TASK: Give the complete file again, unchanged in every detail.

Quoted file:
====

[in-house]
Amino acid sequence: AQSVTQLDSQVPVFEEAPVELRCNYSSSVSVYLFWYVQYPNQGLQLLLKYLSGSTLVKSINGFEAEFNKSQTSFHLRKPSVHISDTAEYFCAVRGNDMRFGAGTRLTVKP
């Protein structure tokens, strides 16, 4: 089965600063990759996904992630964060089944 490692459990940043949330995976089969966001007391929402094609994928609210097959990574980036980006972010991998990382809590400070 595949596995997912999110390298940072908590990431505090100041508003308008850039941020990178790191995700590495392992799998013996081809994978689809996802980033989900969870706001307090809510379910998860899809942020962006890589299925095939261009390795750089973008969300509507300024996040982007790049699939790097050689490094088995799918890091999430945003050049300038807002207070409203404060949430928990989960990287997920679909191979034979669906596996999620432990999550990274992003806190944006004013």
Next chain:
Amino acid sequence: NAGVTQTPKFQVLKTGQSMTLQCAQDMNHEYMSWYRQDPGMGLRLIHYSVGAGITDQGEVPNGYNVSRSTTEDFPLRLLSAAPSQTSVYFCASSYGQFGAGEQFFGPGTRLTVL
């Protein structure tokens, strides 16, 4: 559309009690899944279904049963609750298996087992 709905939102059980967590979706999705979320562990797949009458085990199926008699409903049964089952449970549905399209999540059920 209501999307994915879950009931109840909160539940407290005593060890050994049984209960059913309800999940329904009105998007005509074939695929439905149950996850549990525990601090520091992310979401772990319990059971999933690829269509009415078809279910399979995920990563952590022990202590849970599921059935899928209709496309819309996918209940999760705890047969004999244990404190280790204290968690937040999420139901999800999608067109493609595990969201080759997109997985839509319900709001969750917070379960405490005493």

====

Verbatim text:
[in-house]
Amino acid sequence: AQSVTQLDSQVPVFEEAPVELRCNYSSSVSVYLFWYVQYPNQGLQLLLKYLSGSTLVKSINGFEAEFNKSQTSFHLRKPSVHISDTAEYFCAVRGNDMRFGAGTRLTVKP
């Protein structure tokens, strides 16, 4: 089965600063990759996904992630964060089944 490692459990940043949330995976089969966001007391929402094609994928609210097959990574980036980006972010991998990382809590400070 595949596995997912999110390298940072908590990431505090100041508003308008850039941020990178790191995700590495392992799998013996081809994978689809996802980033989900969870706001307090809510379910998860899809942020962006890589299925095939261009390795750089973008969300509507300024996040982007790049699939790097050689490094088995799918890091999430945003050049300038807002207070409203404060949430928990989960990287997920679909191979034979669906596996999620432990999550990274992003806190944006004013």
Next chain:
Amino acid sequence: NAGVTQTPKFQVLKTGQSMTLQCAQDMNHEYMSWYRQDPGMGLRLIHYSVGAGITDQGEVPNGYNVSRSTTEDFPLRLLSAAPSQTSVYFCASSYGQFGAGEQFFGPGTRLTVL
């Protein structure tokens, strides 16, 4: 559309009690899944279904049963609750298996087992 709905939102059980967590979706999705979320562990797949009458085990199926008699409903049964089952449970549905399209999540059920 209501999307994915879950009931109840909160539940407290005593060890050994049984209960059913309800999940329904009105998007005509074939695929439905149950996850549990525990601090520091992310979401772990319990059971999933690829269509009415078809279910399979995920990563952590022990202590849970599921059935899928209709496309819309996918209940999760705890047969004999244990404190280790204290968690937040999420139901999800999608067109493609595990969201080759997109997985839509319900709001969750917070379960405490005493």